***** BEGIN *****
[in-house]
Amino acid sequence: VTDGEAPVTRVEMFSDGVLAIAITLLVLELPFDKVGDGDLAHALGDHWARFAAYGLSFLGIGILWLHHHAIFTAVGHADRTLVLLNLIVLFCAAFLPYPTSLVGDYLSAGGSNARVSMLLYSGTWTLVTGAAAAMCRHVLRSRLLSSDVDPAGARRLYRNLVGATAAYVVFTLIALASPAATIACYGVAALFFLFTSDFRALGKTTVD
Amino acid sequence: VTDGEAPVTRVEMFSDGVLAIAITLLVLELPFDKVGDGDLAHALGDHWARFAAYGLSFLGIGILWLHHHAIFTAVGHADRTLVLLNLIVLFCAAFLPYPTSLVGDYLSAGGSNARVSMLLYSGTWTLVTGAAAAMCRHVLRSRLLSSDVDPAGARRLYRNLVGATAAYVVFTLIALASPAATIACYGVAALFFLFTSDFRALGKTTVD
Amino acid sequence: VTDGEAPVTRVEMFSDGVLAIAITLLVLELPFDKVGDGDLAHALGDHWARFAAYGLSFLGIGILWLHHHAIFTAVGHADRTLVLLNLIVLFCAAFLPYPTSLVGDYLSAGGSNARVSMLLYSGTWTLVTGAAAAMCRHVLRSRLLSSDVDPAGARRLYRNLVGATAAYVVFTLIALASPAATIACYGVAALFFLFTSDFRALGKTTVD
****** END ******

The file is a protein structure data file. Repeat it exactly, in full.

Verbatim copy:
[in-house]
Amino acid sequence: VTDGEAPVTRVEMFSDGVLAIAITLLVLELPFDKVGDGDLAHALGDHWARFAAYGLSFLGIGILWLHHHAIFTAVGHADRTLVLLNLIVLFCAAFLPYPTSLVGDYLSAGGSNARVSMLLYSGTWTLVTGAAAAMCRHVLRSRLLSSDVDPAGARRLYRNLVGATAAYVVFTLIALASPAATIACYGVAALFFLFTSDFRALGKTTVD
Amino acid sequence: VTDGEAPVTRVEMFSDGVLAIAITLLVLELPFDKVGDGDLAHALGDHWARFAAYGLSFLGIGILWLHHHAIFTAVGHADRTLVLLNLIVLFCAAFLPYPTSLVGDYLSAGGSNARVSMLLYSGTWTLVTGAAAAMCRHVLRSRLLSSDVDPAGARRLYRNLVGATAAYVVFTLIALASPAATIACYGVAALFFLFTSDFRALGKTTVD
Amino acid sequence: VTDGEAPVTRVEMFSDGVLAIAITLLVLELPFDKVGDGDLAHALGDHWARFAAYGLSFLGIGILWLHHHAIFTAVGHADRTLVLLNLIVLFCAAFLPYPTSLVGDYLSAGGSNARVSMLLYSGTWTLVTGAAAAMCRHVLRSRLLSSDVDPAGARRLYRNLVGATAAYVVFTLIALASPAATIACYGVAALFFLFTSDFRALGKTTVD